Appendix C
Supporting Materials for Chapter 2

This appendix provides the supporting technical material for Chapter 2. This information includes the relationship between biological efficacy and effectiveness, approximations for the effects on sample size of incorrect assumptions about HIV incidence and the relative risk of an intervention, and the justification for the approximate formula for determining the relative size of those two factors.

RELATIONSHIP OF EFFECTIVENESS TO BIOLOGICAL EFFICACY AND ADHERENCE

The overall effectiveness of an intervention depends on its biological efficacy and the degree to which individuals adhere to the product’s intended use. Nonadherence can be due to several factors. For example, individuals may never initiate the intervention, or they may be required to discontinue use of a product at some point because of a serious side effect, pregnancy, or other reason.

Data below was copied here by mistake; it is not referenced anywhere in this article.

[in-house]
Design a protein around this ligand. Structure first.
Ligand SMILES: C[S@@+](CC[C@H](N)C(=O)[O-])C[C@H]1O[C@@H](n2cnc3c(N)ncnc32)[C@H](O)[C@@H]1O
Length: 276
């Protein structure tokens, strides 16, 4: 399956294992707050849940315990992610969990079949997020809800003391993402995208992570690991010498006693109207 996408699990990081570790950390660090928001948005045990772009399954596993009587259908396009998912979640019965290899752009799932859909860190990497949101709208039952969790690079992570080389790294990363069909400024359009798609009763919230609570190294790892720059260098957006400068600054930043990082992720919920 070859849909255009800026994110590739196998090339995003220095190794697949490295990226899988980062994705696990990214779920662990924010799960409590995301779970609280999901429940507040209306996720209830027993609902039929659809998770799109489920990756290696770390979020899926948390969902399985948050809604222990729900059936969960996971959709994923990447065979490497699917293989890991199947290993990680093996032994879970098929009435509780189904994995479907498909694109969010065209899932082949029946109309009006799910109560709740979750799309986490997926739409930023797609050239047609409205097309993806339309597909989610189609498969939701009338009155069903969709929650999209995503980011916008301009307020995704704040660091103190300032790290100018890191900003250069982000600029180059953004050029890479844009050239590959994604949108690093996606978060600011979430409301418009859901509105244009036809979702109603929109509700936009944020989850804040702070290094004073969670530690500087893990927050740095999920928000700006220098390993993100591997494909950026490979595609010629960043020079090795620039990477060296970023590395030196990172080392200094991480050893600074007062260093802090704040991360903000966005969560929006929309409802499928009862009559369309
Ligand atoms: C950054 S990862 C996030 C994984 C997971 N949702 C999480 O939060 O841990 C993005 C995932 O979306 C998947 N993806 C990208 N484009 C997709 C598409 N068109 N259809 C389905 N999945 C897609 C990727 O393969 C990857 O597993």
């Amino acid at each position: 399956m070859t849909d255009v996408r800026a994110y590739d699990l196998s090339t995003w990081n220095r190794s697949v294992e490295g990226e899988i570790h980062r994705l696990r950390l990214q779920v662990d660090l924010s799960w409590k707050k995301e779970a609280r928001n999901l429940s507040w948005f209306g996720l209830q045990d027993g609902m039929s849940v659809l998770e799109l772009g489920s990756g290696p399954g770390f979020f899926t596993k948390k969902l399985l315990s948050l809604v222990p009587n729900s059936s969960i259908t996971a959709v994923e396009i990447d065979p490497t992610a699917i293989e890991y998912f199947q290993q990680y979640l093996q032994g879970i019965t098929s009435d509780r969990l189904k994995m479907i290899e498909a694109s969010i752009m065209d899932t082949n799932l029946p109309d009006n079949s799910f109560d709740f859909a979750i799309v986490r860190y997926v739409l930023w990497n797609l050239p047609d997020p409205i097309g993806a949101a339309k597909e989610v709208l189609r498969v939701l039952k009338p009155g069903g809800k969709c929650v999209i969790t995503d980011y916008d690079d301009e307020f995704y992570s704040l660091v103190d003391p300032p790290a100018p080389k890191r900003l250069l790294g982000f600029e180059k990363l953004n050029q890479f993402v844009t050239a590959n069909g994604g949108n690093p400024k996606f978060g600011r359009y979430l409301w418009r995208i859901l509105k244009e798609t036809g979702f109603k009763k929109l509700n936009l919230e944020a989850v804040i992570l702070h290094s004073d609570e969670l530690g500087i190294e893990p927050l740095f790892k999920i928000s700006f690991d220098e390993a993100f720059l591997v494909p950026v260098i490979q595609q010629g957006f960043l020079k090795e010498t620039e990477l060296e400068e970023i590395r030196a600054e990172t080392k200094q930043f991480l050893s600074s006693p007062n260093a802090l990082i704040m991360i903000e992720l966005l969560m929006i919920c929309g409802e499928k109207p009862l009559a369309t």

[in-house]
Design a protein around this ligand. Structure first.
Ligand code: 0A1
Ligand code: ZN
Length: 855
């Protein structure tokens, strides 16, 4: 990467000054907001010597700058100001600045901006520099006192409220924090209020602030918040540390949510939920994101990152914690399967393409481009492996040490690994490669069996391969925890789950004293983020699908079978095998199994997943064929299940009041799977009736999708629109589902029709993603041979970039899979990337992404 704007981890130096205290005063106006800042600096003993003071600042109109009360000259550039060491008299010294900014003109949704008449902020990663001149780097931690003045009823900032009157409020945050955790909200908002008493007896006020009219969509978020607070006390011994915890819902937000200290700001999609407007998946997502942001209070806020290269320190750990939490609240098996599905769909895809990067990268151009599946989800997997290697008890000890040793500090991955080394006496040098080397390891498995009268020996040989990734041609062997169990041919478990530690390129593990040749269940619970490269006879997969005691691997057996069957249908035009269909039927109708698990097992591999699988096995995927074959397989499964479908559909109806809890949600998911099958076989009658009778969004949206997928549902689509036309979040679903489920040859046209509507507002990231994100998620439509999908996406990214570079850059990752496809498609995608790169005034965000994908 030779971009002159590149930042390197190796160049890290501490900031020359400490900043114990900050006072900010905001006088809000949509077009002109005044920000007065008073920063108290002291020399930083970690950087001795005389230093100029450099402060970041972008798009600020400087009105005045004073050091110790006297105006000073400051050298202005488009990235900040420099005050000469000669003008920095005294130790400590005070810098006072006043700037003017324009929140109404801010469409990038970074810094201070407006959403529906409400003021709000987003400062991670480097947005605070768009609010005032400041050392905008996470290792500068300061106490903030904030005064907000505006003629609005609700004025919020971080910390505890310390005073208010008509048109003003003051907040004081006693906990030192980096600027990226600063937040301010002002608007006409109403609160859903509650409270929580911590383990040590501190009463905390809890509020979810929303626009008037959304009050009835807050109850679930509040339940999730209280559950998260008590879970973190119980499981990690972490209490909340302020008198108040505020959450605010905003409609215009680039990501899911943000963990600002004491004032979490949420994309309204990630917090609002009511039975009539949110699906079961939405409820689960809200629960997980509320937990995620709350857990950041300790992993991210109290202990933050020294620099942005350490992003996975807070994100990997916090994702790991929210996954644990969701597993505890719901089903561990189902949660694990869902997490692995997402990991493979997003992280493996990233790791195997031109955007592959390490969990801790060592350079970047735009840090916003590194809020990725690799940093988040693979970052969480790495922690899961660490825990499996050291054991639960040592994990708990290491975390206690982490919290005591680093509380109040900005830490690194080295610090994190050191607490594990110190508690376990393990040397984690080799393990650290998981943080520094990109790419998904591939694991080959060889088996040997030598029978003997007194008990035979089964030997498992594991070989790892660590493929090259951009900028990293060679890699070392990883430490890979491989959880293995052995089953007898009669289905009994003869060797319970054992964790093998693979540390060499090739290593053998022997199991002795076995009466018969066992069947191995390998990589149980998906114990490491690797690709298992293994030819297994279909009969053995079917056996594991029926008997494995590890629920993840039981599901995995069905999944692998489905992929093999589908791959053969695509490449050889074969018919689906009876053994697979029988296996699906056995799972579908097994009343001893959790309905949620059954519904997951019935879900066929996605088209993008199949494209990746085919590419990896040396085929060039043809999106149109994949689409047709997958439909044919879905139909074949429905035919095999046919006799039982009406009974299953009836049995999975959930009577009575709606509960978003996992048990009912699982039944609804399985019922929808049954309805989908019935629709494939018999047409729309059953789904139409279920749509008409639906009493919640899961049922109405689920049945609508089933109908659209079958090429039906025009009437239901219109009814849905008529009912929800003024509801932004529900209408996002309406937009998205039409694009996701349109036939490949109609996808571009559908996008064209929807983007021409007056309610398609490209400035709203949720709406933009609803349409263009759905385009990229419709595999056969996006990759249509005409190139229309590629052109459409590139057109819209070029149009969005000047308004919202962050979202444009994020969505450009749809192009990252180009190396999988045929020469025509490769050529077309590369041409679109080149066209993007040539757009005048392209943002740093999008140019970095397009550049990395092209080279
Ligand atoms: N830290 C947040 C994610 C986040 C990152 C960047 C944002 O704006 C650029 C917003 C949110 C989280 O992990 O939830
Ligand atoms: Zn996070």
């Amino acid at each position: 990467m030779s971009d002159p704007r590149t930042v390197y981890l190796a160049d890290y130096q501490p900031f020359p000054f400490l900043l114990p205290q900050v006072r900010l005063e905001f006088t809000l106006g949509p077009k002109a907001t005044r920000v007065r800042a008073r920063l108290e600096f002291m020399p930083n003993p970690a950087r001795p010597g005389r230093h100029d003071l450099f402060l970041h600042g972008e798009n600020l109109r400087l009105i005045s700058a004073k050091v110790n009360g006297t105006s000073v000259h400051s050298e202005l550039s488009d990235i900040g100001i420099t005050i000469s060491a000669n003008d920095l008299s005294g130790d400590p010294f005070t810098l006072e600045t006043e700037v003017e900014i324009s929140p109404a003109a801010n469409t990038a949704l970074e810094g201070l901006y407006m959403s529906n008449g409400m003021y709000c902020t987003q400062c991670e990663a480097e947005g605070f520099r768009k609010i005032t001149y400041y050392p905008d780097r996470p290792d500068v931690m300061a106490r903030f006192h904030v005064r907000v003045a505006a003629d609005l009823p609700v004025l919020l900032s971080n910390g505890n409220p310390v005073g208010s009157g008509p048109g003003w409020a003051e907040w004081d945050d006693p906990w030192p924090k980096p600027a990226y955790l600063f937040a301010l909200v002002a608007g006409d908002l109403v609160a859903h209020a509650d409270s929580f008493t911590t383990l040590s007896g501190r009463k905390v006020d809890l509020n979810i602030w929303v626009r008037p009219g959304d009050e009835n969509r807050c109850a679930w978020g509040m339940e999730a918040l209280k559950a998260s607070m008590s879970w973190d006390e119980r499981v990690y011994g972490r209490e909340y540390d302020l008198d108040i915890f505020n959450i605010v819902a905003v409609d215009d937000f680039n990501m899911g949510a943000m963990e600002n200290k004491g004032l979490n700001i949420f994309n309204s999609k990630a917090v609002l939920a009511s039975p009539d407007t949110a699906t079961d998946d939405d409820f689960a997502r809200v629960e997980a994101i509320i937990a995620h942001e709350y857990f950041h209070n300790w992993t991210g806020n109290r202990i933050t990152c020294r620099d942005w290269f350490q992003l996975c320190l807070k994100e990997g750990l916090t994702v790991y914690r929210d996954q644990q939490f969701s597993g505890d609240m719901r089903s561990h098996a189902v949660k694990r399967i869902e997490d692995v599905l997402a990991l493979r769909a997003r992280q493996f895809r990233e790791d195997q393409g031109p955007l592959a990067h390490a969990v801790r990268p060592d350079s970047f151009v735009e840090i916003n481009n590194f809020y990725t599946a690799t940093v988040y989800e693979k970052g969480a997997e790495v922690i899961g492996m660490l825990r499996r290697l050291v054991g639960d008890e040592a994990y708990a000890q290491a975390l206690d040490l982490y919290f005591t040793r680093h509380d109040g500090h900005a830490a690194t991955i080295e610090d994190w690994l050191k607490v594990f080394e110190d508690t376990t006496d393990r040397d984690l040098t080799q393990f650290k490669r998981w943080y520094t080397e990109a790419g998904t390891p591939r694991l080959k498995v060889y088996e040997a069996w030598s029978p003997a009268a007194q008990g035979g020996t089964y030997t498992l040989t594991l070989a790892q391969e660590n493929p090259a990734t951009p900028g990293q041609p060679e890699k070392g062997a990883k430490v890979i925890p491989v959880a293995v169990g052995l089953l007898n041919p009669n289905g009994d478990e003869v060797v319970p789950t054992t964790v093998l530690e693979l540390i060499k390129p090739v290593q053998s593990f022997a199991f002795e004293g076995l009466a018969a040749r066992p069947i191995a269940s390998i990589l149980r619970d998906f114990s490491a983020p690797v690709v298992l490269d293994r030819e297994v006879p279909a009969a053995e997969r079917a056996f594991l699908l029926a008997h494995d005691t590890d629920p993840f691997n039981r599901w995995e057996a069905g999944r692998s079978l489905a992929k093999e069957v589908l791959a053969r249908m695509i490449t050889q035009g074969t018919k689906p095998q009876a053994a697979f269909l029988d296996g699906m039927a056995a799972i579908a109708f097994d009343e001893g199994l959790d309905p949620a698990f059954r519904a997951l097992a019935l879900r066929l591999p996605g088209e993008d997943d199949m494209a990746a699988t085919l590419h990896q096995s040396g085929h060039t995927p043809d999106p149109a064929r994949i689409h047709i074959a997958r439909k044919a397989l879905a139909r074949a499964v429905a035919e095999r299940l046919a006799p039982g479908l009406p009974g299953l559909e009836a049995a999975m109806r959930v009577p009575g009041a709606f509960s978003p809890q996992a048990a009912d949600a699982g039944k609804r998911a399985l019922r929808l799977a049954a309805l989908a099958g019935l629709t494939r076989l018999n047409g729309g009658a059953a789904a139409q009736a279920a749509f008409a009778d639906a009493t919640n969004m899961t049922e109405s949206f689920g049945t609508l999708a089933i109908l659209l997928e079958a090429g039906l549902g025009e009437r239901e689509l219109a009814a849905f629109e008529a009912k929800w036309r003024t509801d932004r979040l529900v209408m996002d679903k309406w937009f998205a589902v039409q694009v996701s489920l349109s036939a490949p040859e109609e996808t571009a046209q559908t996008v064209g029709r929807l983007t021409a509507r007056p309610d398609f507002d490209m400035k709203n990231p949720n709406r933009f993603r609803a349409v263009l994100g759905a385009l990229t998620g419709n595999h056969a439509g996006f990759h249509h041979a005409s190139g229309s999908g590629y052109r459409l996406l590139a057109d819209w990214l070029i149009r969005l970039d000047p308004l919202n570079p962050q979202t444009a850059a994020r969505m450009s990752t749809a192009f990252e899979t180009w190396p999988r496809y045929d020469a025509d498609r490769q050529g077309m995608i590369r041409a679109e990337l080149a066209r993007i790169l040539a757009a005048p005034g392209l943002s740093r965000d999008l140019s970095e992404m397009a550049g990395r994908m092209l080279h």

This section develops a simple approximation to illustrate how imperfect adherence dilutes the effect of an intervention. In this simple case, only a proportion, say f, of the individuals assigned to the intervention actually initiate it and use it as intended, while the remaining subjects never initiate the intervention.

Suppose that in the absence of an intervention, the incidence rate of HIV infection is I0. Suppose also that the biological effect of the intervention, if it was initiated, reduced the incidence rate from I0 to I1. Biologi-